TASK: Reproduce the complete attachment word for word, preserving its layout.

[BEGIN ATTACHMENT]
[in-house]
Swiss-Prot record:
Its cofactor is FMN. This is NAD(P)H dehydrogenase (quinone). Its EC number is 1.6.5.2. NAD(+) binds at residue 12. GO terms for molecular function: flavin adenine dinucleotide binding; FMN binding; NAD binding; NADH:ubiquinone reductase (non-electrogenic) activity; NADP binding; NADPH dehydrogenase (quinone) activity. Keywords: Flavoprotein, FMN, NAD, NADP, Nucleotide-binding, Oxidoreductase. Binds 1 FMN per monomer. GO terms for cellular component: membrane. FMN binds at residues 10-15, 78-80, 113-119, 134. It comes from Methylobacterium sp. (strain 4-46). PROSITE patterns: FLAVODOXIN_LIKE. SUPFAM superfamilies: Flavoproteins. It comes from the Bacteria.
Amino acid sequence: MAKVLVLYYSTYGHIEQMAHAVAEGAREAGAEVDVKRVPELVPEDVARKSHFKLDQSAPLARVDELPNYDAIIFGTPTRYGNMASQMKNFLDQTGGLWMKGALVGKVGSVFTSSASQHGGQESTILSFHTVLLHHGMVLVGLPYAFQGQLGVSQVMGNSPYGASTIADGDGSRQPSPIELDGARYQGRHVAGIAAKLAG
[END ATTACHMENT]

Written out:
[in-house]
Swiss-Prot record:
Its cofactor is FMN. This is NAD(P)H dehydrogenase (quinone). Its EC number is 1.6.5.2. NAD(+) binds at residue 12. GO terms for molecular function: flavin adenine dinucleotide binding; FMN binding; NAD binding; NADH:ubiquinone reductase (non-electrogenic) activity; NADP binding; NADPH dehydrogenase (quinone) activity. Keywords: Flavoprotein, FMN, NAD, NADP, Nucleotide-binding, Oxidoreductase. Binds 1 FMN per monomer. GO terms for cellular component: membrane. FMN binds at residues 10-15, 78-80, 113-119, 134. It comes from Methylobacterium sp. (strain 4-46). PROSITE patterns: FLAVODOXIN_LIKE. SUPFAM superfamilies: Flavoproteins. It comes from the Bacteria.
Amino acid sequence: MAKVLVLYYSTYGHIEQMAHAVAEGAREAGAEVDVKRVPELVPEDVARKSHFKLDQSAPLARVDELPNYDAIIFGTPTRYGNMASQMKNFLDQTGGLWMKGALVGKVGSVFTSSASQHGGQESTILSFHTVLLHHGMVLVGLPYAFQGQLGVSQVMGNSPYGASTIADGDGSRQPSPIELDGARYQGRHVAGIAAKLAG